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The authorities would then redistribute to each family what they needed, according to the judgment of those same authorities. If someone brought in two flashlights, for example, they might get only one back, and not necessarily one of those they gave away. And then it got worse. Black, talking to me in his shop in Junesays church leaders called him to the meetinghouse in Hildale, Utah, in June He walked down a dark hallway toward the one illuminated room.
They made him wait outside for 30 minutes, with only a hymnal for company. Yes, I sustain you as prophet. Yes, I will marry the girl you chose for me. So, after some hesitation, he agreed to the false accusation, too. And to the subsequent excommunication. He would not be allowed to speak to or see any of them. Along with every other FLDS member, he had ly ed custody of his kids over to the church, a state of affairs detailed in numerous court cases and confirmed in interviews with ex-FLDS members and their legal representatives. Parents are to care for their families, but when the prophet decides to transpose family members — a wife swapped to a new husband, kids sent to a different caretaker — the people say yes.
They walk away from their marriages and watch their children move into different houses. They turn their backs on their town. Black went home, knowing that Cindy would soon get a phone call, telling her about the miscarriage she had not had. The leaders would send her away. As Black tells me this story, Cindy sits next to him, silent and nodding.
He thought of her alone in the world, an alien place. He imagined her dying out there and wondered what would happen to their. He pictured himself, alone. He and Cindy agreed to leave together, and take the children with them. And so in secret, in the middle of the night, they all left in their van. When the Blacks entered the world outside of their polygamous enclave — the twin towns of Hildale and Colorado City, Arizona, collectively called Short Creek — the children were horrified. Soon enough, their children stopped shielding their eyes. They even watched their first movie.
They just stood up and looked closer at the screen, trying to decipher this technological magic. Black soon heard that back in Short Creek, his first wife, Angela, had also been sent away. Her kids — his kids — were living alone with his adult son, Sheldon Jr. Black is not alone in asking that question. He represents a growing demographic: former FLDS parents who have returned to Short Creek to try to wrest their children away from the church, often with the help of lawyer Roger Hoole, who prepares and serves the legal documents and contacts helpful law enforcement.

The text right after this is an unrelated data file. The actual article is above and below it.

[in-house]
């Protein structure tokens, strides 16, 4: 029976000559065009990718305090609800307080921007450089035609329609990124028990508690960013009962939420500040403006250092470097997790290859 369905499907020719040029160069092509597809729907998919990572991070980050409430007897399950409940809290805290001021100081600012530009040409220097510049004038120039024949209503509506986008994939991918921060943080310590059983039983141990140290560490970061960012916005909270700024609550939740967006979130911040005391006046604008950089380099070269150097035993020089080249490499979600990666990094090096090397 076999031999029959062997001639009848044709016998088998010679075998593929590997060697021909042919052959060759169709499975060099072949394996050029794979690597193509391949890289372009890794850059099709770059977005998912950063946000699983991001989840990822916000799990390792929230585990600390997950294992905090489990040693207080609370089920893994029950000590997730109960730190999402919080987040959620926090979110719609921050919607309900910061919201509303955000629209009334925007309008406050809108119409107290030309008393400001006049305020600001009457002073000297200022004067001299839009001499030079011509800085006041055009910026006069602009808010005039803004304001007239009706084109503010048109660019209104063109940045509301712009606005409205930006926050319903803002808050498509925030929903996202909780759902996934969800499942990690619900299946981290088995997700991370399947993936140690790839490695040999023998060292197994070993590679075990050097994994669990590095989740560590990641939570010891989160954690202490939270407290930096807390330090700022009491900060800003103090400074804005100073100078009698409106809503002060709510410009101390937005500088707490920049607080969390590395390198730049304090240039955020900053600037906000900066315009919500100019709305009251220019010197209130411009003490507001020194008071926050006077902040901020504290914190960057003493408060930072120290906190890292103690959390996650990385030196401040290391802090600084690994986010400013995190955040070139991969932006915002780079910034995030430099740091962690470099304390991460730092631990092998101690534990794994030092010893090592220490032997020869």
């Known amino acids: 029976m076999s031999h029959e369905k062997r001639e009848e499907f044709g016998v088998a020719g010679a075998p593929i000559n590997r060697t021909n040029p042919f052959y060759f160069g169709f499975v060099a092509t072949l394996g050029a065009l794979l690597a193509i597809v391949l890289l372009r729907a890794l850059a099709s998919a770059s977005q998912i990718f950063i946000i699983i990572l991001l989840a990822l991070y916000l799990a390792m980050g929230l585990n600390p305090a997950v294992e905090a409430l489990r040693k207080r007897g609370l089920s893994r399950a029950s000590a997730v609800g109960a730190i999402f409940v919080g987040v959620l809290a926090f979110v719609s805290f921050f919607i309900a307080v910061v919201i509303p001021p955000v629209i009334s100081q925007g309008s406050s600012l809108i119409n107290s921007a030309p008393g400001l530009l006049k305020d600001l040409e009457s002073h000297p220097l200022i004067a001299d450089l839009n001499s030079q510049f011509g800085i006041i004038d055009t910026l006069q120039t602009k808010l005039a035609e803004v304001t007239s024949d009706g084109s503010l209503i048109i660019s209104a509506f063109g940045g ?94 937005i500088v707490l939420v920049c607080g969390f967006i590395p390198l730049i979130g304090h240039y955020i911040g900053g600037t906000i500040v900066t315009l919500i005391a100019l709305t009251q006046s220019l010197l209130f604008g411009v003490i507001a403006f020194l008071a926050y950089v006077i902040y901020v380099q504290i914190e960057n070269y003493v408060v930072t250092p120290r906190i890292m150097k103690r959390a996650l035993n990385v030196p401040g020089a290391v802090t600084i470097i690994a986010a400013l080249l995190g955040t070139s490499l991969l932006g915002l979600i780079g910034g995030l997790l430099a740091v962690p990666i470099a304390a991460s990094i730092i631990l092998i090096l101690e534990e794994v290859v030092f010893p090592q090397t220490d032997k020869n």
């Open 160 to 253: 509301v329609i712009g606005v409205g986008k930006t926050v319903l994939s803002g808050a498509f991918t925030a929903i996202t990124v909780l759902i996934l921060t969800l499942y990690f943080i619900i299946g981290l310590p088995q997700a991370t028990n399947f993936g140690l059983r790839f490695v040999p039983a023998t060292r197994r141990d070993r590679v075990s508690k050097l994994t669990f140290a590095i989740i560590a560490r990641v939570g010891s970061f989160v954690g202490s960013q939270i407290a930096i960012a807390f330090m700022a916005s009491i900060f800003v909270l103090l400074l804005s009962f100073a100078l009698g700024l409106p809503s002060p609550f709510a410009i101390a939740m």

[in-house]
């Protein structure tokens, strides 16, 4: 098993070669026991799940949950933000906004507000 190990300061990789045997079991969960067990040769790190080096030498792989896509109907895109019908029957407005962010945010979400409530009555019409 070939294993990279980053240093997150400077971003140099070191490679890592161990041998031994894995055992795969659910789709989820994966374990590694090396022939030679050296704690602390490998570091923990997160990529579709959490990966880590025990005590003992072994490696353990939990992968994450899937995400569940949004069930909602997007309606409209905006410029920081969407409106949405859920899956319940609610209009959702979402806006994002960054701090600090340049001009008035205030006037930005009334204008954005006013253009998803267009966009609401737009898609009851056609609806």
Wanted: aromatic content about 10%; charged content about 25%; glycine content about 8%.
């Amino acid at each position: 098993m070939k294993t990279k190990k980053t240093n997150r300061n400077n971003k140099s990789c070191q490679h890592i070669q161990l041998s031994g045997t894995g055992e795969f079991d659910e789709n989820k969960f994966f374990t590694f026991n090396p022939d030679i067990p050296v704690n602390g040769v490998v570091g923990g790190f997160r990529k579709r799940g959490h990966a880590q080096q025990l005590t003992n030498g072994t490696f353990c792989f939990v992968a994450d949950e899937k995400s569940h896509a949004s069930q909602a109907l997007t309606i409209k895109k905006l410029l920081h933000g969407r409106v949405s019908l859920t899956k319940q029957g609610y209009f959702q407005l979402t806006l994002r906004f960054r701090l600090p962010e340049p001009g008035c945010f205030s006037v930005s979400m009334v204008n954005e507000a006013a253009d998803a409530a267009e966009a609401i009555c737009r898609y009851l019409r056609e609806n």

The prophet who giveth may take away. With its leaders in legal trouble, population booming in the nearby metro area, and former exiles returning, Short Creek is secularizing, and the FLDS hold over the town is loosening at last. The mainline Mormon Church officially espoused polygamy in Adult wants real sex Short Creek Its founder, Joseph Smith, married as many as 40 wives, according to Mormon leaders.
His successor, Brigham Young, took 55 wives. But their fellow citizens in the American East and Midwest had strong objections to their polygamous and quasi-theocratic communities — towns like Nauvoo, Illinois, a place not all that dissimilar to Short Creek. It was the perfect spot: bounded on Adult wants real sex Short Creek east by the wall of Wasatch Mountains, sitting next to the huge but useless Great Salt Lake — and, at that time, beyond the reach of United States law.
Polygamy went unpunished until the Utah Territory was acquired from Mexico in the Treaty of Guadalupe Hidalgo in For a while, polygamy survived, and church leaders dispatched the faithful to set up polygamous outposts across the West, including in Short Creek.
But then came the Edmunds-Tucker Act ofwhich prohibited polygamy, disincorporated the LDS church, and allowed the government to confiscate its assets. Three years later, citing nothing less than the will of the Lord, then-prophet Wilford Woodruff declared that the LDS church would abandon the practice.